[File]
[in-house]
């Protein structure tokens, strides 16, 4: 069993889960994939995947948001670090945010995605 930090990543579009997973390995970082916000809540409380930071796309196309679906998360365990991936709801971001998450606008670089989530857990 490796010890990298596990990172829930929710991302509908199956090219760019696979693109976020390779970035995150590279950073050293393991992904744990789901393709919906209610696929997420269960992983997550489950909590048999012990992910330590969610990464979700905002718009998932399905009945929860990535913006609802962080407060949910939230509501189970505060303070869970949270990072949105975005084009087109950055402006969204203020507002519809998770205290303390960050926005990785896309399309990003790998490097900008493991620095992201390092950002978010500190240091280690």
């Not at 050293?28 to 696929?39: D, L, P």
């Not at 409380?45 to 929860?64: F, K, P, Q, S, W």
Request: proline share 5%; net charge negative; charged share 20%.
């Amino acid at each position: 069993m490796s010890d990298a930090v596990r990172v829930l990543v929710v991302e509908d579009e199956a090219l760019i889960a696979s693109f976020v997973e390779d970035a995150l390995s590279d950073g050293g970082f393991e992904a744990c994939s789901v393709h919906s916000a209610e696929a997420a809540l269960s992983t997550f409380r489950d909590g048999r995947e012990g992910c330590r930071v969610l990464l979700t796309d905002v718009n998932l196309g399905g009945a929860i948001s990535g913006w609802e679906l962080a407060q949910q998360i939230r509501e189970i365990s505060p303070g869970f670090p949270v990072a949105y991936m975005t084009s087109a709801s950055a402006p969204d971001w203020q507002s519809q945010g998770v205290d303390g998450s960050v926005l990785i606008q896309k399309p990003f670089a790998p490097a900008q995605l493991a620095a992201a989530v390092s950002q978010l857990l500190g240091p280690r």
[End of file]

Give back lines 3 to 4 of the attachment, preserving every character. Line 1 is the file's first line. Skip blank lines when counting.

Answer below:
């Not at 050293?28 to 696929?39: D, L, P």
């Not at 409380?45 to 929860?64: F, K, P, Q, S, W």